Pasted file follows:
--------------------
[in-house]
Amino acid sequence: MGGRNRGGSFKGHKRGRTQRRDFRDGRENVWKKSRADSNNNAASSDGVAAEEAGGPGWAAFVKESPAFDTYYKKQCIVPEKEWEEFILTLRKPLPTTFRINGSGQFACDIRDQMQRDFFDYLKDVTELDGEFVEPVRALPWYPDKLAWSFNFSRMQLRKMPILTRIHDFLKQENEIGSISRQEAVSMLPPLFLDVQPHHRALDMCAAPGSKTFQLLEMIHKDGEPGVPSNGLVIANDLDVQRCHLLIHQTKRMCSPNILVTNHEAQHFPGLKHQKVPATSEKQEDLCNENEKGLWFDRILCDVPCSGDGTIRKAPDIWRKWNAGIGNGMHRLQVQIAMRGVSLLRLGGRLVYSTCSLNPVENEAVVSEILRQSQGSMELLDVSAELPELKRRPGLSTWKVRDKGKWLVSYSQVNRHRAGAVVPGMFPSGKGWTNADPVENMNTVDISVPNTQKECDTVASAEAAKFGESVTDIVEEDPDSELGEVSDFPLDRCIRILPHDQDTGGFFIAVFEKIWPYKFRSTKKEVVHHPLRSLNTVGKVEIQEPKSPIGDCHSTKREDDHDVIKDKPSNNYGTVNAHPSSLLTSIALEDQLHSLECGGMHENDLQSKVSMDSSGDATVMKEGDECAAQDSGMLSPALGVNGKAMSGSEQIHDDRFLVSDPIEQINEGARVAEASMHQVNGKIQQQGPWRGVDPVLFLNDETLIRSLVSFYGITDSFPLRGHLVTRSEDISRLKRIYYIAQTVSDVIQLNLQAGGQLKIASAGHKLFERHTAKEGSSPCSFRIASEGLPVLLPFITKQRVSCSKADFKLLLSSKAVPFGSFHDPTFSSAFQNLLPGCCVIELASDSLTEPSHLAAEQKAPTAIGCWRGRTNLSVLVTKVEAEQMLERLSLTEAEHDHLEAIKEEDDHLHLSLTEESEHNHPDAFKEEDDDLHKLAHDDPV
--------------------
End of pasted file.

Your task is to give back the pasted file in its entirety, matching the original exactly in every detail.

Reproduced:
[in-house]
Amino acid sequence: MGGRNRGGSFKGHKRGRTQRRDFRDGRENVWKKSRADSNNNAASSDGVAAEEAGGPGWAAFVKESPAFDTYYKKQCIVPEKEWEEFILTLRKPLPTTFRINGSGQFACDIRDQMQRDFFDYLKDVTELDGEFVEPVRALPWYPDKLAWSFNFSRMQLRKMPILTRIHDFLKQENEIGSISRQEAVSMLPPLFLDVQPHHRALDMCAAPGSKTFQLLEMIHKDGEPGVPSNGLVIANDLDVQRCHLLIHQTKRMCSPNILVTNHEAQHFPGLKHQKVPATSEKQEDLCNENEKGLWFDRILCDVPCSGDGTIRKAPDIWRKWNAGIGNGMHRLQVQIAMRGVSLLRLGGRLVYSTCSLNPVENEAVVSEILRQSQGSMELLDVSAELPELKRRPGLSTWKVRDKGKWLVSYSQVNRHRAGAVVPGMFPSGKGWTNADPVENMNTVDISVPNTQKECDTVASAEAAKFGESVTDIVEEDPDSELGEVSDFPLDRCIRILPHDQDTGGFFIAVFEKIWPYKFRSTKKEVVHHPLRSLNTVGKVEIQEPKSPIGDCHSTKREDDHDVIKDKPSNNYGTVNAHPSSLLTSIALEDQLHSLECGGMHENDLQSKVSMDSSGDATVMKEGDECAAQDSGMLSPALGVNGKAMSGSEQIHDDRFLVSDPIEQINEGARVAEASMHQVNGKIQQQGPWRGVDPVLFLNDETLIRSLVSFYGITDSFPLRGHLVTRSEDISRLKRIYYIAQTVSDVIQLNLQAGGQLKIASAGHKLFERHTAKEGSSPCSFRIASEGLPVLLPFITKQRVSCSKADFKLLLSSKAVPFGSFHDPTFSSAFQNLLPGCCVIELASDSLTEPSHLAAEQKAPTAIGCWRGRTNLSVLVTKVEAEQMLERLSLTEAEHDHLEAIKEEDDHLHLSLTEESEHNHPDAFKEEDDDLHKLAHDDPV